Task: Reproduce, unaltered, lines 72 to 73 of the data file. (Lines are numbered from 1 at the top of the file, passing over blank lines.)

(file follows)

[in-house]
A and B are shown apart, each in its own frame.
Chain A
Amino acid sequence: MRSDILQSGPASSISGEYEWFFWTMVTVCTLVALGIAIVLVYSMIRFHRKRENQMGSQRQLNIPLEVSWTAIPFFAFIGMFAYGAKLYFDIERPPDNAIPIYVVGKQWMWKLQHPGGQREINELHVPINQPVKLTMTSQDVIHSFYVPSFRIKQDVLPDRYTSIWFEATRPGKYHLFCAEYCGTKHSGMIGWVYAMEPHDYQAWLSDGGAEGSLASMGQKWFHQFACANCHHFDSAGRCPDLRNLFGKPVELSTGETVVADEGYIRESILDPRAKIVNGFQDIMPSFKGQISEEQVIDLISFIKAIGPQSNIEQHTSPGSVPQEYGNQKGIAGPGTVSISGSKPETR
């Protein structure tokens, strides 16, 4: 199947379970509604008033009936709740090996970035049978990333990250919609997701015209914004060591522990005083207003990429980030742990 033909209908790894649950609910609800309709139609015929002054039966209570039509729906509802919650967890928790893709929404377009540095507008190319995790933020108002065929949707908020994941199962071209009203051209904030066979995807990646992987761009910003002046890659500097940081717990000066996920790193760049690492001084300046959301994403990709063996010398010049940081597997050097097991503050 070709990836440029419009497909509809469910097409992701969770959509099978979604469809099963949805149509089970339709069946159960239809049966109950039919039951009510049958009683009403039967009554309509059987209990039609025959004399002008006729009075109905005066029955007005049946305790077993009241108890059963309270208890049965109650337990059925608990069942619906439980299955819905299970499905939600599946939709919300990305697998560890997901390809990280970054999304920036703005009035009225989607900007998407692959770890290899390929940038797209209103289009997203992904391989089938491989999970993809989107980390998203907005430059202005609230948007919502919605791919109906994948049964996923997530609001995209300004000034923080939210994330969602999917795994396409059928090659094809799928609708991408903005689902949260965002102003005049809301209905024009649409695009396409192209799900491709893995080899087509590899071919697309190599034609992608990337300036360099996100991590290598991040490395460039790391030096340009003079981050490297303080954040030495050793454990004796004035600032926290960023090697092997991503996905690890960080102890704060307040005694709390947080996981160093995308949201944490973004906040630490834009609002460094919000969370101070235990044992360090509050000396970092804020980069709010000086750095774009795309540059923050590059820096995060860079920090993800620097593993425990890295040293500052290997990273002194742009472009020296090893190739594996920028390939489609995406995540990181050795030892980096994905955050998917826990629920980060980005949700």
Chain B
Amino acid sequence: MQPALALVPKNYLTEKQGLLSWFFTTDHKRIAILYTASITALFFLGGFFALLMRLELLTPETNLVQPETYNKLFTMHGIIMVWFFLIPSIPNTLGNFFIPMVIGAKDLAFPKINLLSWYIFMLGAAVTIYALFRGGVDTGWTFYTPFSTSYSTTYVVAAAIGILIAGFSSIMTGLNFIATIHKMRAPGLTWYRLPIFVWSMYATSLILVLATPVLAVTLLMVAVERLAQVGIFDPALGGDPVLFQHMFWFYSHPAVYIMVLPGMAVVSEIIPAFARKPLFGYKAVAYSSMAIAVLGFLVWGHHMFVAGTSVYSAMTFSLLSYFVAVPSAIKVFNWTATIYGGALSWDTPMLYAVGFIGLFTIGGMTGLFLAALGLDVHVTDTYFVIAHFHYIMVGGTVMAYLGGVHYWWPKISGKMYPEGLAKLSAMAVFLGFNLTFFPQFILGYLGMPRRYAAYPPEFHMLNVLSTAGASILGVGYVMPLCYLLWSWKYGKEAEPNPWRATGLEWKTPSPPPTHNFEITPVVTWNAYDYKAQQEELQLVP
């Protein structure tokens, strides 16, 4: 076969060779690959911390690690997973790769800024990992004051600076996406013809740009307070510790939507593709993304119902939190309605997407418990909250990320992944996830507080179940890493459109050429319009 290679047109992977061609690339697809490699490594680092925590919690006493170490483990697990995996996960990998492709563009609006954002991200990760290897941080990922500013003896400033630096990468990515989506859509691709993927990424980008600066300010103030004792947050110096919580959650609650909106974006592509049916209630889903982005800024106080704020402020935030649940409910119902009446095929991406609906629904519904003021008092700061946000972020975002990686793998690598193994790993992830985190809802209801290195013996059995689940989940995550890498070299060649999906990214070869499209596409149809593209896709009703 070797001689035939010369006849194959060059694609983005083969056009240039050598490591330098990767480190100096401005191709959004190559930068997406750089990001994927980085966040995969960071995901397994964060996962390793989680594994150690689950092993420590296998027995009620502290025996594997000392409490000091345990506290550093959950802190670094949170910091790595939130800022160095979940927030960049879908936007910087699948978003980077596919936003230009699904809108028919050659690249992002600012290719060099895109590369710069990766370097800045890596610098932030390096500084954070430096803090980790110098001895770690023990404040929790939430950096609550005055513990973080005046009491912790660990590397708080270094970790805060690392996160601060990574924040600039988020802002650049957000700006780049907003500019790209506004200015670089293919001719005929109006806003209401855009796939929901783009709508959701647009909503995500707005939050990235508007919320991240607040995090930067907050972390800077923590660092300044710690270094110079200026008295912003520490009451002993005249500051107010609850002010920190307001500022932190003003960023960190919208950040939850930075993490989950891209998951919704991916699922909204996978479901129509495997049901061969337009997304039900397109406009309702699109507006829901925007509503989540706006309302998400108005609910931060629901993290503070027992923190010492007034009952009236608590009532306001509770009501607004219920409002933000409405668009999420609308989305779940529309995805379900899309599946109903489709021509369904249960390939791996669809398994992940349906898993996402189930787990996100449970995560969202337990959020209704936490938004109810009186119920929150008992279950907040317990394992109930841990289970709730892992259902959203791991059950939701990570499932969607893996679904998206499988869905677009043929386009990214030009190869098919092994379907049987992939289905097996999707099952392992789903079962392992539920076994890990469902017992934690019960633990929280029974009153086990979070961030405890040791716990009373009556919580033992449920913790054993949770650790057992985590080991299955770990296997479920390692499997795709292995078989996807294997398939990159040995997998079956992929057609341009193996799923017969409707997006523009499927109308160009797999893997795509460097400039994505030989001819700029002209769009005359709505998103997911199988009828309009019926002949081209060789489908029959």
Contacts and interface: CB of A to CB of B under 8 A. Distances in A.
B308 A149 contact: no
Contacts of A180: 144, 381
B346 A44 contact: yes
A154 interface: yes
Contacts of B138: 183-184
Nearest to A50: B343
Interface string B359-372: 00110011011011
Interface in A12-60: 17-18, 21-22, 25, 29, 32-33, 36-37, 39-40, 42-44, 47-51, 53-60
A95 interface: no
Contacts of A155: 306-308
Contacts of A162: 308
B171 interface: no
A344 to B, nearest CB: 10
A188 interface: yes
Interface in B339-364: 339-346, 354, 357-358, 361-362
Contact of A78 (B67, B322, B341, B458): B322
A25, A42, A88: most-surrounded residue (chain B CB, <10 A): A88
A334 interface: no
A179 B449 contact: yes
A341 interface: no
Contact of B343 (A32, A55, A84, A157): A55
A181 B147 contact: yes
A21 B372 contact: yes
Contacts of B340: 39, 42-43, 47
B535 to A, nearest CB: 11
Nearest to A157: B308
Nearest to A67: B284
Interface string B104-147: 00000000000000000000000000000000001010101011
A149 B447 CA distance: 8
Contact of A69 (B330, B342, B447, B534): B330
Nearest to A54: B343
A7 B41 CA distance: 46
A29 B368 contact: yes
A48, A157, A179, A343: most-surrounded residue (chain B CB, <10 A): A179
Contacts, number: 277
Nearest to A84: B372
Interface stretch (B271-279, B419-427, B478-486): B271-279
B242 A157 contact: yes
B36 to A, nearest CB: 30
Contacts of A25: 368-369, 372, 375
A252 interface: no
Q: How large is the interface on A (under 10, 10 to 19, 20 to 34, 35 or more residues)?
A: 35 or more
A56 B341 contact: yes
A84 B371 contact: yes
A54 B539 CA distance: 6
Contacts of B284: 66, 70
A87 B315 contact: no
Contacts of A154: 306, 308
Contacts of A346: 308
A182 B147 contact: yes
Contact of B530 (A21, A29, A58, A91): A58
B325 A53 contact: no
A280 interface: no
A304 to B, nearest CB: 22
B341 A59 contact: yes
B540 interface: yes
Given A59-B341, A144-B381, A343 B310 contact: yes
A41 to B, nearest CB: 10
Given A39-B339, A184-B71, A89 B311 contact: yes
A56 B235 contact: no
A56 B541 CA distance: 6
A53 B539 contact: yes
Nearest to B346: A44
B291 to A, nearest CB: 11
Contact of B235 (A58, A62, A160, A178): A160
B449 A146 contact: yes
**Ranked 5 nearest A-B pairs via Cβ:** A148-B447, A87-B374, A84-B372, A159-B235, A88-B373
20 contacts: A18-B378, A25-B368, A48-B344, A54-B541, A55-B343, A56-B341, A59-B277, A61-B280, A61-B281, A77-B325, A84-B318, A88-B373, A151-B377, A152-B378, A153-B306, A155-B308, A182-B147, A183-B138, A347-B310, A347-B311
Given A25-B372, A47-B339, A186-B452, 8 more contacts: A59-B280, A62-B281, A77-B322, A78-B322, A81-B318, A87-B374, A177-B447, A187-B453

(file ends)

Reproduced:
A53 B539 contact: yes
Nearest to B346: A44